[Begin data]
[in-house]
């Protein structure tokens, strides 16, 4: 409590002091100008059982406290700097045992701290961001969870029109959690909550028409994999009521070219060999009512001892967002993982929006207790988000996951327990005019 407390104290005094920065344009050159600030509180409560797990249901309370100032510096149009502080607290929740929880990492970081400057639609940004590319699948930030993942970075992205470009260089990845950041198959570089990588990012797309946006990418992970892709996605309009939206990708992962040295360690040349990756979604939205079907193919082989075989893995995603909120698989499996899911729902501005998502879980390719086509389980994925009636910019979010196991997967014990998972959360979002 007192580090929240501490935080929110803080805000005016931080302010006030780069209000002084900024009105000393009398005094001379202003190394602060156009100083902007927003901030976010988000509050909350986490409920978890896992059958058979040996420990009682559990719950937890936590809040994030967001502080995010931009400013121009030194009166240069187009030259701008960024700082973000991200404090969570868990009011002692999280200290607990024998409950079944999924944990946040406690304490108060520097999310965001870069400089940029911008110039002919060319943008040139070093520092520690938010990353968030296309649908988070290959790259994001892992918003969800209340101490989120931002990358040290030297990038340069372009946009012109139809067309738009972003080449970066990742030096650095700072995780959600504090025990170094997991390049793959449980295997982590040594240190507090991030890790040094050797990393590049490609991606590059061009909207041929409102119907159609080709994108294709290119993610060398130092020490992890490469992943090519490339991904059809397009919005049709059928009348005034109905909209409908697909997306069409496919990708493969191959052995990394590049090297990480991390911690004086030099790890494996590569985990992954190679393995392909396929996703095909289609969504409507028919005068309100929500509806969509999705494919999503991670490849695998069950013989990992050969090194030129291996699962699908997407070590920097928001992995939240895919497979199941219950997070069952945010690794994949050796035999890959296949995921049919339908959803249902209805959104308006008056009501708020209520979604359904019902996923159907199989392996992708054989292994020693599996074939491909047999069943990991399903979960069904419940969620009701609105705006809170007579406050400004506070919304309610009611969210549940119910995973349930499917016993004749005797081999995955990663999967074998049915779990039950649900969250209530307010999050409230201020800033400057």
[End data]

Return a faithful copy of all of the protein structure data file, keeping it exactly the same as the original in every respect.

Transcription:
[in-house]
């Protein structure tokens, strides 16, 4: 409590002091100008059982406290700097045992701290961001969870029109959690909550028409994999009521070219060999009512001892967002993982929006207790988000996951327990005019 407390104290005094920065344009050159600030509180409560797990249901309370100032510096149009502080607290929740929880990492970081400057639609940004590319699948930030993942970075992205470009260089990845950041198959570089990588990012797309946006990418992970892709996605309009939206990708992962040295360690040349990756979604939205079907193919082989075989893995995603909120698989499996899911729902501005998502879980390719086509389980994925009636910019979010196991997967014990998972959360979002 007192580090929240501490935080929110803080805000005016931080302010006030780069209000002084900024009105000393009398005094001379202003190394602060156009100083902007927003901030976010988000509050909350986490409920978890896992059958058979040996420990009682559990719950937890936590809040994030967001502080995010931009400013121009030194009166240069187009030259701008960024700082973000991200404090969570868990009011002692999280200290607990024998409950079944999924944990946040406690304490108060520097999310965001870069400089940029911008110039002919060319943008040139070093520092520690938010990353968030296309649908988070290959790259994001892992918003969800209340101490989120931002990358040290030297990038340069372009946009012109139809067309738009972003080449970066990742030096650095700072995780959600504090025990170094997991390049793959449980295997982590040594240190507090991030890790040094050797990393590049490609991606590059061009909207041929409102119907159609080709994108294709290119993610060398130092020490992890490469992943090519490339991904059809397009919005049709059928009348005034109905909209409908697909997306069409496919990708493969191959052995990394590049090297990480991390911690004086030099790890494996590569985990992954190679393995392909396929996703095909289609969504409507028919005068309100929500509806969509999705494919999503991670490849695998069950013989990992050969090194030129291996699962699908997407070590920097928001992995939240895919497979199941219950997070069952945010690794994949050796035999890959296949995921049919339908959803249902209805959104308006008056009501708020209520979604359904019902996923159907199989392996992708054989292994020693599996074939491909047999069943990991399903979960069904419940969620009701609105705006809170007579406050400004506070919304309610009611969210549940119910995973349930499917016993004749005797081999995955990663999967074998049915779990039950649900969250209530307010999050409230201020800033400057």